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Children, communities and social capital: New ways of thinking about early childhood service provision

By Collette P. Tayler, Ann Farrell and Lee Tennent


Accumulating evidence confirms wide-ranging benefits of effective services for young children and families, along with longer-term social and economic benefits for communities. While a strong theoretical case has recently emerged for the development of responsive and integrated child and family services to build social capital and community capacity, there is scant Australian research to inform and support the process. Furthermore, research in this area has largely overlooked the views of children.\ud \ud This paper reports on data collected from young children in rural and suburban Queensland schools. 138 children aged four to eight years of age were asked, in informal conversations with their teachers, a series of questions reflecting six social capital dimensions. These dimensions were participation in local community, family and friend’s connections, neighbourhood connections, feelings of trust and safety, proactivity in a social context, and tolerance of diversity. In addition, children were asked to comment on their positive and negative experiences of school, to consider possible advice they might give to newcomers and to reflect on why they attended school. Theoretical perspectives from social capital and the sociology of childhood are used to examine children’s responses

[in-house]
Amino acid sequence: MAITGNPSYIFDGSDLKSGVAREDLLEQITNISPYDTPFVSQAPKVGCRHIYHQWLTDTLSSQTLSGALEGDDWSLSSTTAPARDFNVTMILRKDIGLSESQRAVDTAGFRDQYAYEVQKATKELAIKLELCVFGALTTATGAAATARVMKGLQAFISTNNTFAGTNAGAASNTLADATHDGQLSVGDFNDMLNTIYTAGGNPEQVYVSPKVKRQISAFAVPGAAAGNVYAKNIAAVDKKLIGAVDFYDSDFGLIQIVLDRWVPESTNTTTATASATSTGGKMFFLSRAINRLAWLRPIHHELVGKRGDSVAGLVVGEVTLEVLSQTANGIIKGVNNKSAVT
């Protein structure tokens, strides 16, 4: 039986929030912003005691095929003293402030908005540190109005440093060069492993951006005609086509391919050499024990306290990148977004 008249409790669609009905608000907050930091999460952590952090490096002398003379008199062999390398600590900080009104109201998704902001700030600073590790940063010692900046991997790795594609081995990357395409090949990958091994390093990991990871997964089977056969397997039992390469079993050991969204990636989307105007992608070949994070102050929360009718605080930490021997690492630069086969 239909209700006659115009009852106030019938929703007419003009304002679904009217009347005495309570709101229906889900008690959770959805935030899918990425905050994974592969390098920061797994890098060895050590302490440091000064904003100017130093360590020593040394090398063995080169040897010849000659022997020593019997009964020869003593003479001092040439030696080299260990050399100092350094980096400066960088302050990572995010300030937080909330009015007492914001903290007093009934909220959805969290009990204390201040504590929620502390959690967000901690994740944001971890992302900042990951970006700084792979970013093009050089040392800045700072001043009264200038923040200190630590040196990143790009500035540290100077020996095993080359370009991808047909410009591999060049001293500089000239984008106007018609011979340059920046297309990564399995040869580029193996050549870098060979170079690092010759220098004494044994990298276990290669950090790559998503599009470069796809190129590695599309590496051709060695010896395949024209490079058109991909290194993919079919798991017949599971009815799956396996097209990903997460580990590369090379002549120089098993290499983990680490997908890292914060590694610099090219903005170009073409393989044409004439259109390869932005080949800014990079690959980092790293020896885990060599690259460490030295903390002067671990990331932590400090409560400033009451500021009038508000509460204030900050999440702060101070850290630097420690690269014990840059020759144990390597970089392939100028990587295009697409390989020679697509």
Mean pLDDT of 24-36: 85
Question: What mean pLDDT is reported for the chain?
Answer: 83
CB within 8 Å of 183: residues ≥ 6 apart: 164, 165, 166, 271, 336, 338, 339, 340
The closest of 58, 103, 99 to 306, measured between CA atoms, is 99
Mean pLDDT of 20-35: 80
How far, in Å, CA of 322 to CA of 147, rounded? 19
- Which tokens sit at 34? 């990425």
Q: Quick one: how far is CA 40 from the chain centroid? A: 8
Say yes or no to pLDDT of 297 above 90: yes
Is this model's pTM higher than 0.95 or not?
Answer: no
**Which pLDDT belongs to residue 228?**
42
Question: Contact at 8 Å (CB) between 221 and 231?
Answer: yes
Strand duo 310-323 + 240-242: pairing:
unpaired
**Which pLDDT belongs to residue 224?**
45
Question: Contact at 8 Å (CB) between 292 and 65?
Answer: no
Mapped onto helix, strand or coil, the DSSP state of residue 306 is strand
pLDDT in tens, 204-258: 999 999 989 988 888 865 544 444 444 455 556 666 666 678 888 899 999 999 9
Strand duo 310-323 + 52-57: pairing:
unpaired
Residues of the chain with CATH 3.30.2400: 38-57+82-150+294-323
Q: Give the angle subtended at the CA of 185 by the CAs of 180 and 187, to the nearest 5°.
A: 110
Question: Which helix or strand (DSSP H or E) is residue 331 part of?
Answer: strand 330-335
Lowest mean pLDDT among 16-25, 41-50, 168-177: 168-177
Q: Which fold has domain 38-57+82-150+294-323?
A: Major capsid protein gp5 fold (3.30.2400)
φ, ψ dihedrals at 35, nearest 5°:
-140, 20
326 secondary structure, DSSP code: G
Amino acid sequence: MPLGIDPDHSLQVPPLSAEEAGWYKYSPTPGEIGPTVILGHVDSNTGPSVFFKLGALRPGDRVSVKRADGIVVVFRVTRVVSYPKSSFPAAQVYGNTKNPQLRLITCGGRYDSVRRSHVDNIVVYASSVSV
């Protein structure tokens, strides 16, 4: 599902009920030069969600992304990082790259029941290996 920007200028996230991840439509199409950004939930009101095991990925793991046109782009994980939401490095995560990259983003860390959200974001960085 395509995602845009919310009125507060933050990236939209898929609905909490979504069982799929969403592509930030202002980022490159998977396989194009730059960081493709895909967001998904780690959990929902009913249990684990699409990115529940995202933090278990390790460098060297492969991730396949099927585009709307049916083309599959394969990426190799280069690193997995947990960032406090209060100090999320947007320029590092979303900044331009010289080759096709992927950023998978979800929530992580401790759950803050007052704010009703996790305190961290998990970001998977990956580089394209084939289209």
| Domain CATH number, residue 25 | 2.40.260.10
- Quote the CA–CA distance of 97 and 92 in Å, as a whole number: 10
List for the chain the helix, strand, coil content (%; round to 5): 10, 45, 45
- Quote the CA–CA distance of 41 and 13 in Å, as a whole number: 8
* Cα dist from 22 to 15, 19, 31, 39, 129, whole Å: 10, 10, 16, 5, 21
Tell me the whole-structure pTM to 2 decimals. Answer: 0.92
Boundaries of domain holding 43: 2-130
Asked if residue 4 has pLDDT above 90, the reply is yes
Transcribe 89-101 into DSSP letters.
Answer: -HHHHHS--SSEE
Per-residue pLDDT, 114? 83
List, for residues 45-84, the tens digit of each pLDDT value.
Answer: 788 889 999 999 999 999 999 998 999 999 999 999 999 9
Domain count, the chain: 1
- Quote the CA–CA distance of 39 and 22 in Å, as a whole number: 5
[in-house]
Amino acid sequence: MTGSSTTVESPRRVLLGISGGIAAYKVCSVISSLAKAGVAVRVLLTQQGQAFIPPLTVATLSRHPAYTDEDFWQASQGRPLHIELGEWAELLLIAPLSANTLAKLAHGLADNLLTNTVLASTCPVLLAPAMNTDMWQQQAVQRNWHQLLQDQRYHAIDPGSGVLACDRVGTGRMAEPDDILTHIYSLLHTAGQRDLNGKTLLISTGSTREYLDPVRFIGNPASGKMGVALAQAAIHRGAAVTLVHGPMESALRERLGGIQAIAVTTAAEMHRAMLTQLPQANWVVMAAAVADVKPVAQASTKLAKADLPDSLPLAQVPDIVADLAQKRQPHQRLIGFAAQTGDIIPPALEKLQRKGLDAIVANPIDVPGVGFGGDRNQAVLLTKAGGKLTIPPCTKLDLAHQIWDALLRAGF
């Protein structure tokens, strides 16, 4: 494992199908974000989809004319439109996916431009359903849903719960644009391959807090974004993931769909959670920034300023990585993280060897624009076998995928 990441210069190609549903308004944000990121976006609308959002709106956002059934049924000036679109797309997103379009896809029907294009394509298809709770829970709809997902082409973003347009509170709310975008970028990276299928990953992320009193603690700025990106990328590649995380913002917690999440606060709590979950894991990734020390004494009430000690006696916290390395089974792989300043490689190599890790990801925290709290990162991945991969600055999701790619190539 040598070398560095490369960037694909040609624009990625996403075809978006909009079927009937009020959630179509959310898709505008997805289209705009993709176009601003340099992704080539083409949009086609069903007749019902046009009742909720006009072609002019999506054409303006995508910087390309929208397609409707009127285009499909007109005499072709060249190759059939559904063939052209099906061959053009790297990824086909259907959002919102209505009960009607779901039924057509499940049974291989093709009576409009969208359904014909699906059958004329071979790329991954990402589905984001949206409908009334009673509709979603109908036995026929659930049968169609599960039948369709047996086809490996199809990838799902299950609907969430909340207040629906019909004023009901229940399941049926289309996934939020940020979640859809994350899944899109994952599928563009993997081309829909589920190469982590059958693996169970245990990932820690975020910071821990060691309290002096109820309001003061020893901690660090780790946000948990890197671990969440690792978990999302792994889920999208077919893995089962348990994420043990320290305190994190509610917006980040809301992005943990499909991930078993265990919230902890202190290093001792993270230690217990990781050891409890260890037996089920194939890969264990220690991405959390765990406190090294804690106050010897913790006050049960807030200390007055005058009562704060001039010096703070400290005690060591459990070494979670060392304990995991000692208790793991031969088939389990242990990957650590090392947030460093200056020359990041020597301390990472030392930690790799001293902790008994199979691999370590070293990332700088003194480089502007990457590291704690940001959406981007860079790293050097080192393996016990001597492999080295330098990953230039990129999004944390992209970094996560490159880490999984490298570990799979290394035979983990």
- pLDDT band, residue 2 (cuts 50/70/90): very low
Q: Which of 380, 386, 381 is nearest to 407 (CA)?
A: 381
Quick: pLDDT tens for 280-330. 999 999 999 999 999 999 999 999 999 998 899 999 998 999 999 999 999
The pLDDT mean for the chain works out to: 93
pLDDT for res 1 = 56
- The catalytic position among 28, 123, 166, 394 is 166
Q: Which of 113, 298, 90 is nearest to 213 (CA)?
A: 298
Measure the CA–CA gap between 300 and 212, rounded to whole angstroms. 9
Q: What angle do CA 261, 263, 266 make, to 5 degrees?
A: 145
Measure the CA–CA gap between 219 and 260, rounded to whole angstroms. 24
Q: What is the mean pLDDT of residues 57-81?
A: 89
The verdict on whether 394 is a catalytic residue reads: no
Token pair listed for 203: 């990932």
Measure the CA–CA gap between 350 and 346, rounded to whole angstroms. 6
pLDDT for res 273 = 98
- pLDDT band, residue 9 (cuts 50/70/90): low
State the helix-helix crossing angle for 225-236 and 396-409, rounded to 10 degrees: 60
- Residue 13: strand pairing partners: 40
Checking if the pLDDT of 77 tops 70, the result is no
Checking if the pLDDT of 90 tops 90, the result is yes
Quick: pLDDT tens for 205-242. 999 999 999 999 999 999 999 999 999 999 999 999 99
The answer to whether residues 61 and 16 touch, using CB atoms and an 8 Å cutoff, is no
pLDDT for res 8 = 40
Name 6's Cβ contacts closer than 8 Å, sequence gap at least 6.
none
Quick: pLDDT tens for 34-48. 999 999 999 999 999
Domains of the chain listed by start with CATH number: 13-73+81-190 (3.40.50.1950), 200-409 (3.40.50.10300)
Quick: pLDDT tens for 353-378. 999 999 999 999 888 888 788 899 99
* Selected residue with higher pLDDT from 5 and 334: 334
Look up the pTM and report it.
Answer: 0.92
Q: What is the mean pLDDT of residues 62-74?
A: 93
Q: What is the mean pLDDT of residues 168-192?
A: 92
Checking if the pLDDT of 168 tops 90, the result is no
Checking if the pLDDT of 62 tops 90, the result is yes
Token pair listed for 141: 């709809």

Topics: 111700 PUBLIC HEALTH AND HEALTH SERVICES, 111708 Health and Community Services, 111704 Community Child Health, children, social capital, sense of community, early childhood services, service integration, communities, Collette Tayler, Ann Farrell, Lee Tennent
Year: 2003
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